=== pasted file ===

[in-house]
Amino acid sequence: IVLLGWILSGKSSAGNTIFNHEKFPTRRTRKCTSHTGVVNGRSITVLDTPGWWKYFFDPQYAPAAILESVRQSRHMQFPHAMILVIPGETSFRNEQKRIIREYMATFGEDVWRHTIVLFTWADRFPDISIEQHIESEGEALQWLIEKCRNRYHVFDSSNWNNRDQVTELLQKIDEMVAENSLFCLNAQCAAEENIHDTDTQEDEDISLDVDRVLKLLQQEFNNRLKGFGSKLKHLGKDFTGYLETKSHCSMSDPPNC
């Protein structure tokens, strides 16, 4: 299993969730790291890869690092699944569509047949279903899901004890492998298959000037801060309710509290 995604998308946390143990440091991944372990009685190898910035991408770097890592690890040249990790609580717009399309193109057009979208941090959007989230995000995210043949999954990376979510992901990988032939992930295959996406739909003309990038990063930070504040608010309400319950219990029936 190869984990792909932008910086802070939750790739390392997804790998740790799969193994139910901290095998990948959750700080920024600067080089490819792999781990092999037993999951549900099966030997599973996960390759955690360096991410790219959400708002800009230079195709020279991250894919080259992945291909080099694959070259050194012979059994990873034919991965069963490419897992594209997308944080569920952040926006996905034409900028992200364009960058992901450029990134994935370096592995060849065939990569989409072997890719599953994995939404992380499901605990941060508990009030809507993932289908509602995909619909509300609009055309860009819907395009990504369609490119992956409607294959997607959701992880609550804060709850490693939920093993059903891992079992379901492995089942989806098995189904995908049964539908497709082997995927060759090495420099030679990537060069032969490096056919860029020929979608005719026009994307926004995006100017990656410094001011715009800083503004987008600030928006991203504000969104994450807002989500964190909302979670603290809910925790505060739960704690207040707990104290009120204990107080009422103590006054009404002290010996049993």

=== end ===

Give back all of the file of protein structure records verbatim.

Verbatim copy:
[in-house]
Amino acid sequence: IVLLGWILSGKSSAGNTIFNHEKFPTRRTRKCTSHTGVVNGRSITVLDTPGWWKYFFDPQYAPAAILESVRQSRHMQFPHAMILVIPGETSFRNEQKRIIREYMATFGEDVWRHTIVLFTWADRFPDISIEQHIESEGEALQWLIEKCRNRYHVFDSSNWNNRDQVTELLQKIDEMVAENSLFCLNAQCAAEENIHDTDTQEDEDISLDVDRVLKLLQQEFNNRLKGFGSKLKHLGKDFTGYLETKSHCSMSDPPNC
């Protein structure tokens, strides 16, 4: 299993969730790291890869690092699944569509047949279903899901004890492998298959000037801060309710509290 995604998308946390143990440091991944372990009685190898910035991408770097890592690890040249990790609580717009399309193109057009979208941090959007989230995000995210043949999954990376979510992901990988032939992930295959996406739909003309990038990063930070504040608010309400319950219990029936 190869984990792909932008910086802070939750790739390392997804790998740790799969193994139910901290095998990948959750700080920024600067080089490819792999781990092999037993999951549900099966030997599973996960390759955690360096991410790219959400708002800009230079195709020279991250894919080259992945291909080099694959070259050194012979059994990873034919991965069963490419897992594209997308944080569920952040926006996905034409900028992200364009960058992901450029990134994935370096592995060849065939990569989409072997890719599953994995939404992380499901605990941060508990009030809507993932289908509602995909619909509300609009055309860009819907395009990504369609490119992956409607294959997607959701992880609550804060709850490693939920093993059903891992079992379901492995089942989806098995189904995908049964539908497709082997995927060759090495420099030679990537060069032969490096056919860029020929979608005719026009994307926004995006100017990656410094001011715009800083503004987008600030928006991203504000969104994450807002989500964190909302979670603290809910925790505060739960704690207040707990104290009120204990107080009422103590006054009404002290010996049993």